’He helped, just by listening’: Dr. Simi Lyss dies at 84
Dr. Simi Lyss touched the lives of many in the community.
“He was a very kind person,” said his wife, Cookie Lyss. “There were many people that he helped, just by listening.”
Dr. Lyss died Saturday. He was 84.
Cookie Lyss said her husband, born in Chicago Park and a member of Nevada Union High School’s 1953 first graduating class, loved the area and wanted to return to it when he retired from active practice in 1999.
Lyss earned his medical degree and was trained as a dermatologist at UC San Francisco, after studying mechanical engineering at UC Berkeley as an undergraduate.
He took on several top administrative roles during his medical career, including as chief vice president for medical affairs and chief medical officer for Health Partners of the Southeast, regional medical director for Kaiser Permanente’s northeast region, chief of staff of Kaiser Foundation Hospital, and physician-in-chief of The Permanente Medical Group in Walnut Creek.
Dr. Scott Kellermann, who considered Lyss both a friend and mentor, said, “His advice was always impeccable.”
Lyss would go on to serve as the chairman of the Kellermann Foundation board of directors, and contributed dermatological knowledge, administrative expertise, and designs for several structures as the foundation expanded its medical outreach in Uganda.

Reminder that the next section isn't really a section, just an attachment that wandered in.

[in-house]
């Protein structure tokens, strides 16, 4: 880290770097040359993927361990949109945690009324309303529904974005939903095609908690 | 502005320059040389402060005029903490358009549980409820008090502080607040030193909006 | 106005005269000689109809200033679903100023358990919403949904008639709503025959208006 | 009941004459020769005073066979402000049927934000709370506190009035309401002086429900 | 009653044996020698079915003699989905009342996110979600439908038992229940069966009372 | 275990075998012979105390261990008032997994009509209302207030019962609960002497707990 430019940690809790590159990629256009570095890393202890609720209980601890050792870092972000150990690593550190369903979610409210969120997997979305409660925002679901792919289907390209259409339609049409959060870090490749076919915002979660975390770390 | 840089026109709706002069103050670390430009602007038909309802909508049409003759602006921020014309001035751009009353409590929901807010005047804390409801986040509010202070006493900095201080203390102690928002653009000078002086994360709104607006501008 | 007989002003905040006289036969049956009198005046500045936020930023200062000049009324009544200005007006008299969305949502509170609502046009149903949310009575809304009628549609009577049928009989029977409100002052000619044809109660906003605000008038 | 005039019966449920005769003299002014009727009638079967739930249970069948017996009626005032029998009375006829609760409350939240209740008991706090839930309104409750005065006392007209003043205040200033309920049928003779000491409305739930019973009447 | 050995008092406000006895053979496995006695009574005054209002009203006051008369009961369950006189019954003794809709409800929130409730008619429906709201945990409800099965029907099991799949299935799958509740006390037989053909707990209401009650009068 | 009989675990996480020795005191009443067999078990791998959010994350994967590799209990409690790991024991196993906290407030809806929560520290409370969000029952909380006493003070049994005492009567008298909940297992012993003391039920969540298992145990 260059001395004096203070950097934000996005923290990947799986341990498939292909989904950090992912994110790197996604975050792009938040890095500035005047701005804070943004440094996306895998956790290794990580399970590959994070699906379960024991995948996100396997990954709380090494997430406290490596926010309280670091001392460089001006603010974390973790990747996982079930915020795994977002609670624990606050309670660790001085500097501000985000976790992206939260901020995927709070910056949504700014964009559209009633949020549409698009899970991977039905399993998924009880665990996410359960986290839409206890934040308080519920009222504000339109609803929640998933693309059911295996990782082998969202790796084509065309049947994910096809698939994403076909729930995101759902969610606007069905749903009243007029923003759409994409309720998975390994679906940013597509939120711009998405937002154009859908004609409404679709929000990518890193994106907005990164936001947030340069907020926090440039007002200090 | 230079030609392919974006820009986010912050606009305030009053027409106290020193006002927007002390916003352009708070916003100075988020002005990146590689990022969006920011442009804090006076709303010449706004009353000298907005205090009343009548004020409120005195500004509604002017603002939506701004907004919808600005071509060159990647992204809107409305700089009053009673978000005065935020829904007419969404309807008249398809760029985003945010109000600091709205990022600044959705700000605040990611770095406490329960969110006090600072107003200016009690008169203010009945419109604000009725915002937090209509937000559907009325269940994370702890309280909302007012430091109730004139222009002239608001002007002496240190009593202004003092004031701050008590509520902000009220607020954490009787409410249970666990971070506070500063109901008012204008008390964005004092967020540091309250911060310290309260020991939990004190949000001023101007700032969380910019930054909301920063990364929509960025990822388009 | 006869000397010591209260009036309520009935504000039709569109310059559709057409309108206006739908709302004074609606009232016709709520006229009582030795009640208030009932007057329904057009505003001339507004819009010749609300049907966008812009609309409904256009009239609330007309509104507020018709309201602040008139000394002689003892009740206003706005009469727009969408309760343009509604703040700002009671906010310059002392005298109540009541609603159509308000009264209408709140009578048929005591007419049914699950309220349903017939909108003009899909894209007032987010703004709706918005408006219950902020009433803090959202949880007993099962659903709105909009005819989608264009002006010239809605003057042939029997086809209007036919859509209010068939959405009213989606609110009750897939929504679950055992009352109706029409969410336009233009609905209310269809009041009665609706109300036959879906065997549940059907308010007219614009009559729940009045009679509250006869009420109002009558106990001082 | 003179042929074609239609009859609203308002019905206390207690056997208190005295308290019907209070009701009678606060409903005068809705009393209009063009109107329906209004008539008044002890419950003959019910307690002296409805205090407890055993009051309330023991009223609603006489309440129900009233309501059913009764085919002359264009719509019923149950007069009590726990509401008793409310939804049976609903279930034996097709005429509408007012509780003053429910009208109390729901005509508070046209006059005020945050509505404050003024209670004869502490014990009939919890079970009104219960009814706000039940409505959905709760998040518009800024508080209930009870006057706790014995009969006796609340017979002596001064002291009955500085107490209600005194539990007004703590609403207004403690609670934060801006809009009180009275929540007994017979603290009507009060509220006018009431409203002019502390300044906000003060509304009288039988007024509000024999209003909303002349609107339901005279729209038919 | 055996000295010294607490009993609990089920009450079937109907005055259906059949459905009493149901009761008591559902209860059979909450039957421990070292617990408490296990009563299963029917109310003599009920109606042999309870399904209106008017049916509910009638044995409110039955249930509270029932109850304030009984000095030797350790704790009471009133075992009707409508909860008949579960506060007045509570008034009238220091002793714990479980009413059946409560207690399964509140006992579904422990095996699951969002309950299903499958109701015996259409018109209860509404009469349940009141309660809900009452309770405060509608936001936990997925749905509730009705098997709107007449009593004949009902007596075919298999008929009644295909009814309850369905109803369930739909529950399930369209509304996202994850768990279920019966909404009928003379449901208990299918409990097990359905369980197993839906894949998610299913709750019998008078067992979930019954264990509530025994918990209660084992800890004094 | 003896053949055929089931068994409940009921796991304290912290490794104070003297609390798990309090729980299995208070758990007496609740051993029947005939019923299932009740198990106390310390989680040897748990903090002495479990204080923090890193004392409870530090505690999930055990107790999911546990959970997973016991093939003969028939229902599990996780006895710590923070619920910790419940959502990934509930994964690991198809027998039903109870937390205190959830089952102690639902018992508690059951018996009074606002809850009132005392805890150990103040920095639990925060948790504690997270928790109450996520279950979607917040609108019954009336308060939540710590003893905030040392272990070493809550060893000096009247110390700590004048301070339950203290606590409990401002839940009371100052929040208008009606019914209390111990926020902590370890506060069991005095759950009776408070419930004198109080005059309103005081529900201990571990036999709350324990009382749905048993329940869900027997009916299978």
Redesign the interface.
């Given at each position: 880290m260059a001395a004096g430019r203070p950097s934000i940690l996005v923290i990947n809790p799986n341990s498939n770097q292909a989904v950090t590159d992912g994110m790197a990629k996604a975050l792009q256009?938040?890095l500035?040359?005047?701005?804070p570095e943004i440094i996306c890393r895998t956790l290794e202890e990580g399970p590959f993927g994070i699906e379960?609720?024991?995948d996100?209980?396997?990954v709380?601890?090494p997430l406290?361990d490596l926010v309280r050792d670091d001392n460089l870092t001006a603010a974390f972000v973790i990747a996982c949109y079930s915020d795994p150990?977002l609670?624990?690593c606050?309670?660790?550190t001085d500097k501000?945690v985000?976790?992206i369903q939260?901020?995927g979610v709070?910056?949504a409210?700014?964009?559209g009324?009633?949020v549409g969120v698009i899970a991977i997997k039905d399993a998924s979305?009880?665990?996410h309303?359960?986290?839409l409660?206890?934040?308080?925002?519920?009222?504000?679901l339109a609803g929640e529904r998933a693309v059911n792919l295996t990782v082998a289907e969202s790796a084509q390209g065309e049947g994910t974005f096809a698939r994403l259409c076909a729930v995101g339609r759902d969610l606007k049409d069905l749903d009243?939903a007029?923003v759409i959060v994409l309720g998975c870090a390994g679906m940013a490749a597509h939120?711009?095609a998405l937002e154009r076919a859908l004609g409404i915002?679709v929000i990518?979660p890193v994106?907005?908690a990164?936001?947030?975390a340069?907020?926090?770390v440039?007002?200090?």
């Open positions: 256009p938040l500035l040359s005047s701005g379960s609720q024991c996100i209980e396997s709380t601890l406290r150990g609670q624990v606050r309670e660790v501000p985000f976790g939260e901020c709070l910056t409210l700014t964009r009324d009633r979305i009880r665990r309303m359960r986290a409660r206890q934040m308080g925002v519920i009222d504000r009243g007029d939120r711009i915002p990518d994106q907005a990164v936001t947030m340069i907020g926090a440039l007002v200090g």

Lyss, said Kellermann, was talented in a variety of ways and did not usually try to be “the center of attention,” although he became that at times because “when he had words of wisdom, you didn’t want to miss any of them.”
He credited Lyss with helping the foundation flourish. “I could not have done it without Simi,” he said.
’A HEALING PERSON’
In 2016, Lyss was named chief medical officer of Western Sierra Medical Clinic in Grass Valley.
In September, Lyss was inducted into the Nevada County Fairgrounds Hall of Fame. He had previously served on the Nevada County Fairgrounds Board of Directors for 14 years, after first becoming involved as a volunteer for the Narrow Gauge Railroad Museum Club.
Former Nevada County Fairgrounds CEO Ed Scofield, who currently serves as District 2 supervisor, said Lyss was “a very special man.”
Scofield said Lyss became an adviser to him, going “from a small involvement with the railroad to a total understanding and appreciation of the fair itself.”
Former Nevada County Fairgrounds CEO Sandy Woods said Lyss played an instrumental role in the creation of the Nevada County Fairgrounds Foundation.
Woods said Lyss’ environmental consciousness motivated him to help develop plans for the reforestation of the fairgrounds.
She also noted that Lyss, “a healing person,” often showed concern for the health of those around him, encouraging them to call him if they had a problem.
“He was brilliant,” said Woods. “He had a marvelous sense of humor, a deep commitment to our community, and he was a reserved and dignified person.”
Victoria Penate is a staff writer for The Union. She can be reached at email@example.com.
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